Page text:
Spider Baby, or, The Maddest Story Ever Told (Jack Hill, 1964?). Another one of those movies where it’s as much fun talk about the extraneous stuff as to discuss what’s on the screen. Let me get the latter out of the way. Spider Baby is a low-budget Inbreeding Meets Lolita story that is part horror film, part comedy, and overall better than you would expect. One poster read “Seductive Innocence of Lolita, Savage Hunger of a Black Widow!” It will never rise above cult status, but within that context, you could do worse. Now to the fun stuff. It’s the first film directed by Jack Hill, who gave us such classic 70s exploitation movies as Coffy and Foxy Brown. It stars Lon Chaney, Jr. who actually does a decent job. (The above-mentioned poster says, “Starring Spider Baby and Lon Chaney”.) The cast includes cult faves like Sid Haig, Carol Ohmart, even Mantan Moreland. It was filmed in 1964 for around $60,000 … the title at the time was Cannibal Orgy. The money men behind the production went bankrupt, so the film wasn’t released until 1968. The song that plays under the opening credits is performed by Chaney. One of the actors, Quinn Redeker, went on to some success as a soap opera actor, and also was nominated for an Oscar for co-writing the screenplay to The Deer Hunter. Jill Banner, who plays Spider Baby, died in a car accident at the age of 35 … at the time, she was working with Marlon Brando. A lot of cheapo movies are incompetently made. Credit to Jack Hill for making a movie where the camera is where it belongs, where the performances are reasonably OK, where you’ll see something a little bit different. Doesn’t mean it’s a good movie, but relatively speaking, it’s fine. 6/10. For a companion, you could watch one of Hill’s Pam Grier movies. There’s also Chaney in The Wolf Man, which is very good, or Abbott and Costello Meet Frankenstein, which also features Chaney (and Bela Lugosi as Dracula!) and which is very very good.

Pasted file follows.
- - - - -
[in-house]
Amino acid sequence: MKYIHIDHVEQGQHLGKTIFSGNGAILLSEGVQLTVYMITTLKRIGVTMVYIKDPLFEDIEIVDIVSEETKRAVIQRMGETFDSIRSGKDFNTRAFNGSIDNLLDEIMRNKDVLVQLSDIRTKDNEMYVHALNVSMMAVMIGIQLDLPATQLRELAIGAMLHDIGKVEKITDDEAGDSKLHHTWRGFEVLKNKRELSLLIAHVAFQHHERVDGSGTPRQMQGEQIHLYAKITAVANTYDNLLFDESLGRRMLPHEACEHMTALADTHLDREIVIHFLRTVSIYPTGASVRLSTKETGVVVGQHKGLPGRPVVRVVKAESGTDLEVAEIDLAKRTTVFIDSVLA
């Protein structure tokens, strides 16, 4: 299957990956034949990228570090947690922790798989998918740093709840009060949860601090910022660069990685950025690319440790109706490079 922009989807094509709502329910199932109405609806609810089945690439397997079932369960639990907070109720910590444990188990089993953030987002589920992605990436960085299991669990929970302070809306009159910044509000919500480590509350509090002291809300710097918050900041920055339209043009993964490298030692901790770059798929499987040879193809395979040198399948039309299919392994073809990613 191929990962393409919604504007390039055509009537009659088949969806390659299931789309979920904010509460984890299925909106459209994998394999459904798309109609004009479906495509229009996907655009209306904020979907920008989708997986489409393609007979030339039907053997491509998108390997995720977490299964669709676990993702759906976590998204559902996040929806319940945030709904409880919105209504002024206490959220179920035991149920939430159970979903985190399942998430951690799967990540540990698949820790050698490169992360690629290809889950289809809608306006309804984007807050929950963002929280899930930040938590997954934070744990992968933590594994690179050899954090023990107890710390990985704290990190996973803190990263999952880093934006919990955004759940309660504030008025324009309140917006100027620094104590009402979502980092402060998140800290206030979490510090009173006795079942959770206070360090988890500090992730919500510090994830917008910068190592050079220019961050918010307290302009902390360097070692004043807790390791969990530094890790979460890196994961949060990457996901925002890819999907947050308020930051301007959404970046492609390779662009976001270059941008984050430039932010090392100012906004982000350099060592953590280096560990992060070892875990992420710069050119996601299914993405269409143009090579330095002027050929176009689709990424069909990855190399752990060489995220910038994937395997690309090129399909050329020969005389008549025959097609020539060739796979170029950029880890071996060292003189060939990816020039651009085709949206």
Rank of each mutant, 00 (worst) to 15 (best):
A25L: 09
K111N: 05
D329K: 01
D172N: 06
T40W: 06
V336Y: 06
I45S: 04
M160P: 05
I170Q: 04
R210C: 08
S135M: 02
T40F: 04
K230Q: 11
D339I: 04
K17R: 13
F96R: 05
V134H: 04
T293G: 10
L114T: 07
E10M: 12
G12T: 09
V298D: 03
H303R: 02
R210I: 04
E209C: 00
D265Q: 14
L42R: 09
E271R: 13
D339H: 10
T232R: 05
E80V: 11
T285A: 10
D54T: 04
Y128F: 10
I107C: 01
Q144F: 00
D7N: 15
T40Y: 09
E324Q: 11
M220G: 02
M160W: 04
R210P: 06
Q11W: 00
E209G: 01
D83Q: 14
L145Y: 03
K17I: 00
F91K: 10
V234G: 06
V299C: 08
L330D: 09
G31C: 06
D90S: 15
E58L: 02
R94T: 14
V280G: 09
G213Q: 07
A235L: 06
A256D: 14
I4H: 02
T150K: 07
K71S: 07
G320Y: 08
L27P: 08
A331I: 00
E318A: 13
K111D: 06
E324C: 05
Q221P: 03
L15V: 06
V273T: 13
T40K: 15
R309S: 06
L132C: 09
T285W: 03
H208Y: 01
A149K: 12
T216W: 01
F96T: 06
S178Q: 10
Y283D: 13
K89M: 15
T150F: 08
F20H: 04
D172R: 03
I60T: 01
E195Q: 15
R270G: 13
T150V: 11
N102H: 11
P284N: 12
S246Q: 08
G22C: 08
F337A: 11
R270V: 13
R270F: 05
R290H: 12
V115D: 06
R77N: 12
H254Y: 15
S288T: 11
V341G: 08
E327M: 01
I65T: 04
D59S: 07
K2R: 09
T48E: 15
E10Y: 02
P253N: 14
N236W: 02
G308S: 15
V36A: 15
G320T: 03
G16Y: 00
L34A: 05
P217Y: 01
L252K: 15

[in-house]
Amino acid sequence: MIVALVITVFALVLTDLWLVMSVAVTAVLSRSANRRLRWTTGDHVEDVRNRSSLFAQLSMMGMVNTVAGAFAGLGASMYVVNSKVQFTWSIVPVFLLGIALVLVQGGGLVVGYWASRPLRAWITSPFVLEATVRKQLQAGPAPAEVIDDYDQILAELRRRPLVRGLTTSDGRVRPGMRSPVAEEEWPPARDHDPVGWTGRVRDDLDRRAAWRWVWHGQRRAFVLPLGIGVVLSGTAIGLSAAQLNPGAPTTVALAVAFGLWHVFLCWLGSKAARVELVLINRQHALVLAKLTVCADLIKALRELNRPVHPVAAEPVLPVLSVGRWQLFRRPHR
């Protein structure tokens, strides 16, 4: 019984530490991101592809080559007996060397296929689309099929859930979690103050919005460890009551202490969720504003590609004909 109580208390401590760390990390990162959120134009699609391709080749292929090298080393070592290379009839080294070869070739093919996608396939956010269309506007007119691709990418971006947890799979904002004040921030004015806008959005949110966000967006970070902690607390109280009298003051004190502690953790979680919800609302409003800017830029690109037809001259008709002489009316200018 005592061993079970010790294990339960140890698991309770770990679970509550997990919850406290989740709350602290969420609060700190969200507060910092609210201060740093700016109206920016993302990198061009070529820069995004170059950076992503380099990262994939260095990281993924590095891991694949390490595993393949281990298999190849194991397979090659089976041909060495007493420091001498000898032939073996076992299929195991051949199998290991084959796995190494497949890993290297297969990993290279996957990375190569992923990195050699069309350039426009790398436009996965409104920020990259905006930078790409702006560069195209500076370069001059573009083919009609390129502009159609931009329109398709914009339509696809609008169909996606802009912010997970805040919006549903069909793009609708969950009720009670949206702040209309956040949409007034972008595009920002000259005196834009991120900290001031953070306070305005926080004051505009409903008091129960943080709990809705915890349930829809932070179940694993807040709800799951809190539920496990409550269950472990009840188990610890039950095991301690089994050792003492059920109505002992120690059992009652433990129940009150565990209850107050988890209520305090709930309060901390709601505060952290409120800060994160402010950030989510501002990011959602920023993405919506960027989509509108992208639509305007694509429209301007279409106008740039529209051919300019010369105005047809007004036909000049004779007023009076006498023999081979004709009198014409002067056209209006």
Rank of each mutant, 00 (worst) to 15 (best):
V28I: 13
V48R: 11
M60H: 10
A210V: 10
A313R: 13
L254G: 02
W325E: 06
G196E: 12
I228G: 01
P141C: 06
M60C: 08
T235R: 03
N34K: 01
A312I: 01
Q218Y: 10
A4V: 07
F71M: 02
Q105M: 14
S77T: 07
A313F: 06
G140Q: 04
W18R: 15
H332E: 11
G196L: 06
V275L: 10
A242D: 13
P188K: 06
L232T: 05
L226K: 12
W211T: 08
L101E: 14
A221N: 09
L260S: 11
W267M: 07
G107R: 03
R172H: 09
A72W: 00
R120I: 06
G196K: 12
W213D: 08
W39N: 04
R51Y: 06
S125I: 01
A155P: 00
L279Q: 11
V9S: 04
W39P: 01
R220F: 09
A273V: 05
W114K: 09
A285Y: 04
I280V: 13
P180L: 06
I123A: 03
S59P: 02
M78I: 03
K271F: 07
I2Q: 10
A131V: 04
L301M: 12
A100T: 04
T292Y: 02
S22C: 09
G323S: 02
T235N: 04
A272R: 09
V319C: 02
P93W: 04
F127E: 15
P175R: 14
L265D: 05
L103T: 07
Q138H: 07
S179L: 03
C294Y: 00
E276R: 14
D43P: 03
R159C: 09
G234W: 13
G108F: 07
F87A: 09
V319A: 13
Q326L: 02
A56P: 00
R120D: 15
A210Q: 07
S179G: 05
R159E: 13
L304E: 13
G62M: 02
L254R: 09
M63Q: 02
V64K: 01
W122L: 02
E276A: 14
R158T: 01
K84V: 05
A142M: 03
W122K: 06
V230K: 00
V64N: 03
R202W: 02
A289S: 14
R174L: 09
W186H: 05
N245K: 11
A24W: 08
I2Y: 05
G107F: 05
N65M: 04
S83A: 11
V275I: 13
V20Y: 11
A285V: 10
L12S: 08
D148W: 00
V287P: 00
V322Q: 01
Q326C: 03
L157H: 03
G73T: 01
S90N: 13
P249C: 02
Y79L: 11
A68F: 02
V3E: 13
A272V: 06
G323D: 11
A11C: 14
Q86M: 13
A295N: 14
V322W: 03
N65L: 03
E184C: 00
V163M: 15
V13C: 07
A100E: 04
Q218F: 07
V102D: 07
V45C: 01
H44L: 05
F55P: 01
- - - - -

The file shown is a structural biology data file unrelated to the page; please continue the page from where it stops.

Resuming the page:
The Music Room (Satyajit Ray, 1958). I originally intended to give this movie its own post in the Blu-ray series, but I don’t think I can do it justice, so I’ll just attach it here. It’s almost universally admired as one of the greatest films of one of the greatest directors, but it mostly left me cold. I’m willing to accept that I just wasn’t in the right place to appreciate it. It’s an hour shorter than Once Upon a Time in Anatolia, but I found it much harder to get through. Again, the might be my own fault … I didn’t realize half the film is a flashback until I read it in reviews after the fact. I get the comparisons to King Lear, but this movie is far too quiet for the comparison to work … the main character never explodes against the world the way Lear does, and in fairness, emulating Lear is not likely to have been Ray’s intention. I can’t blame him for what others said about his film. Perhaps because I was bamboozled by the time frame, I never found the main character to change. It could have been a 20-minute short and worked just as well for me. For now, I’ll file it under “watch it again in a few years”. #218 on the TSPDT list. 6/10. I obviously don’t have any recommendations for similar movies to watch. Perhaps Charulata, another Ray film that I saw 40+ years ago and remember liking.